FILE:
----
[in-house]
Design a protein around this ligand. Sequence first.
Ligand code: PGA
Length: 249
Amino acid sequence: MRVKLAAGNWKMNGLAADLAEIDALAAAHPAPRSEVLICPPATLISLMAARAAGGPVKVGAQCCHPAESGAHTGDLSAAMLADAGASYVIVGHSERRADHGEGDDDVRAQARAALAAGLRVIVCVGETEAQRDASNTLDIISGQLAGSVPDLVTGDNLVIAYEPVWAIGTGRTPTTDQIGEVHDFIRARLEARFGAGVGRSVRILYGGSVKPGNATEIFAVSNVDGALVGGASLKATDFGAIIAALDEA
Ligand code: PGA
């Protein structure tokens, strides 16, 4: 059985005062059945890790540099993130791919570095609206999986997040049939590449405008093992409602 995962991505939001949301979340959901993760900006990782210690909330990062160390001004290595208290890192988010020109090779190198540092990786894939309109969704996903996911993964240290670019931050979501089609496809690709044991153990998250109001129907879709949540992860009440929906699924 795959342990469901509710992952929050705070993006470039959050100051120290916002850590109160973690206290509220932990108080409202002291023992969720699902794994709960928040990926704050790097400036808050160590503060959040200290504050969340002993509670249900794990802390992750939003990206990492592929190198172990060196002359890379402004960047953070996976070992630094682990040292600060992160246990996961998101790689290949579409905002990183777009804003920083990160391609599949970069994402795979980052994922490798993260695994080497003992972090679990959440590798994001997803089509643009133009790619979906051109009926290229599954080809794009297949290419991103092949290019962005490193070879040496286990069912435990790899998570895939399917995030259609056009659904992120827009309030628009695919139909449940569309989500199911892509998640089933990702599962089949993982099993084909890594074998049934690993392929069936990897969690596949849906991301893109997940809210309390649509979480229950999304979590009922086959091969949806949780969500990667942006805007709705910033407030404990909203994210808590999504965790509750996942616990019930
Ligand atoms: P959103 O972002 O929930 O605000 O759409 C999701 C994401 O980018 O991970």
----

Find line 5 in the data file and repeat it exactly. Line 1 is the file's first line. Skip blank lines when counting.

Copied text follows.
Amino acid sequence: MRVKLAAGNWKMNGLAADLAEIDALAAAHPAPRSEVLICPPATLISLMAARAAGGPVKVGAQCCHPAESGAHTGDLSAAMLADAGASYVIVGHSERRADHGEGDDDVRAQARAALAAGLRVIVCVGETEAQRDASNTLDIISGQLAGSVPDLVTGDNLVIAYEPVWAIGTGRTPTTDQIGEVHDFIRARLEARFGAGVGRSVRILYGGSVKPGNATEIFAVSNVDGALVGGASLKATDFGAIIAALDEA